Tuesday, May 22, 2007

Banku and Tilapia

It has been about 2 weekends since I have gone back to eat lunch with Madame Atta at the Ghanaian Restaurant here in Guangzhou. Since I found the place I went there practically every Saturday until my schedule went all haywire after the fair. As I have described in previous posts, my favorite Ghanaian food would have to be Fufu with Light soup. But having that every week got kind of monotonous so I had to throw something else into the mix. There is not that much to choose from on the menu so I ordered some Banku and Tilapia. Banku is another ball of starch, like fufu made of plantain I think with some corn. I am not really sure what it is made of too be honest but it is stickier and slightly more bitter than fufu. It is served in a bowl wrapped in a cellophane bag, or as some of us would call it, a ‘robba’. Come on KB, say it with me, ‘ROBBA’. Yests… Not to be confused with a ‘TEEF’. The banku is unbelievably hot and I have burned my fingers and the roof of my mouth numerous times because I was impatient. In fact it happened at this particular sitting too.

Banku is ideal with grilled tilapia fish although some people also eat it with stew or even beans. The cook at the Ghanaian Restaurant offered to fry me up some fresh tilapia but she warned me it would be a short wait. I did not mind at all because that would make it all the more fresh! I don’t know what a tilapia is called in English but it is a fantastic fish with bones, but not too many of the small irritating ones. When grilled or fried the flesh is always soft and fluffy and the skin is so thin, hard, and crispy.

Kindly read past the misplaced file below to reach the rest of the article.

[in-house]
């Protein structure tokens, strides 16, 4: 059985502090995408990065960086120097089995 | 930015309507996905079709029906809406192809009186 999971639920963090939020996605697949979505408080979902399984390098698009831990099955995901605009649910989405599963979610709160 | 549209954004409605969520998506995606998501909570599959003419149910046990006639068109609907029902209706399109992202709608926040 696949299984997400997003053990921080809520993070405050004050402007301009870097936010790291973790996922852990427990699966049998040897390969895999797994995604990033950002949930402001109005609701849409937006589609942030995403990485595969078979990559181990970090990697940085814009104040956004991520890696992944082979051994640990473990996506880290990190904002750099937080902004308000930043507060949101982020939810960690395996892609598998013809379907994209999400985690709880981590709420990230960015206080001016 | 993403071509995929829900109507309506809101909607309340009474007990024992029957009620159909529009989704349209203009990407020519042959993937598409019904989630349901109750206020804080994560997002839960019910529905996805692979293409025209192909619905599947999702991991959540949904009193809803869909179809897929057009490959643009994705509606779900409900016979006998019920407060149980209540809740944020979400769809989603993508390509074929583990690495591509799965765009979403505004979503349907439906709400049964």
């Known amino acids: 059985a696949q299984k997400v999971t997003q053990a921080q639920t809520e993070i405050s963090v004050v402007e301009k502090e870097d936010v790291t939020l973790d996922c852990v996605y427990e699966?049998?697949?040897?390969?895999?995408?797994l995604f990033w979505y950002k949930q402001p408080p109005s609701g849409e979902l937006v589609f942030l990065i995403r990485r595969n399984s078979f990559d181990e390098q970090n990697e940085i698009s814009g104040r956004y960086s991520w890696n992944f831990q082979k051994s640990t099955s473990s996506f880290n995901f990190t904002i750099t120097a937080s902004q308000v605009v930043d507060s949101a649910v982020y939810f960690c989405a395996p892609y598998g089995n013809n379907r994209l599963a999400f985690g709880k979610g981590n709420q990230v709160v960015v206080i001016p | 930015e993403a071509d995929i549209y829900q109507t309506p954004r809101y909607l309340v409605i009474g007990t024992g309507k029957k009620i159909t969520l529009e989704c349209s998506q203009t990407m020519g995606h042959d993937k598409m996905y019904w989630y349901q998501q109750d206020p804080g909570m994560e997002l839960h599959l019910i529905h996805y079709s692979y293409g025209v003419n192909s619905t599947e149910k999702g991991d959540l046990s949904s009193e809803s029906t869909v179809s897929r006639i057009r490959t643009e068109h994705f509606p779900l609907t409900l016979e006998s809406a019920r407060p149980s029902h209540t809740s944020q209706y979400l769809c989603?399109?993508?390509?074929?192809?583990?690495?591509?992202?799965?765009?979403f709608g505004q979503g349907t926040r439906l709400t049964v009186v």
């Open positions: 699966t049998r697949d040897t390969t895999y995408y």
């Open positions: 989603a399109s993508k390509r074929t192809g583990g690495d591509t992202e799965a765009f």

So finally the Tilapia was served up with the fresh hot Banku after I had nursed down 2 cold beers and half a ball of fufu. Yes I had to eat some fufu too. The fried tilapia is presented on a plate garnished with fresh steamed onions, tomatoes, green bell peppers, and smothered in SHITTO and MOKO (an uncooked preparation of peppers and tomatoes with other stuff). Do you see the colors on this puppy? MY lord, my mouth is watering like the mighty river Nile as I write this. Each of those spices has their own very distinct and pungent tastes that compliment the fried tilapia in ways that defy explanation. Somehow they have captured the exact taste of Ghanaian PEPE! The Banku furthermore adds to the ensemble a flavor and texture that realizes a malevolent unity that could only have been forged in the depths of hell. I am telling you it is that fucking good! You will be sweating from the temperature of the chillis, every logical area of your brain begging you to stop, to put down the fire!!! But your instincts just keep driving you to eat and nourish that hunger, than desire that stems from deep in your soul to burn and be redeemed. BURN!!!

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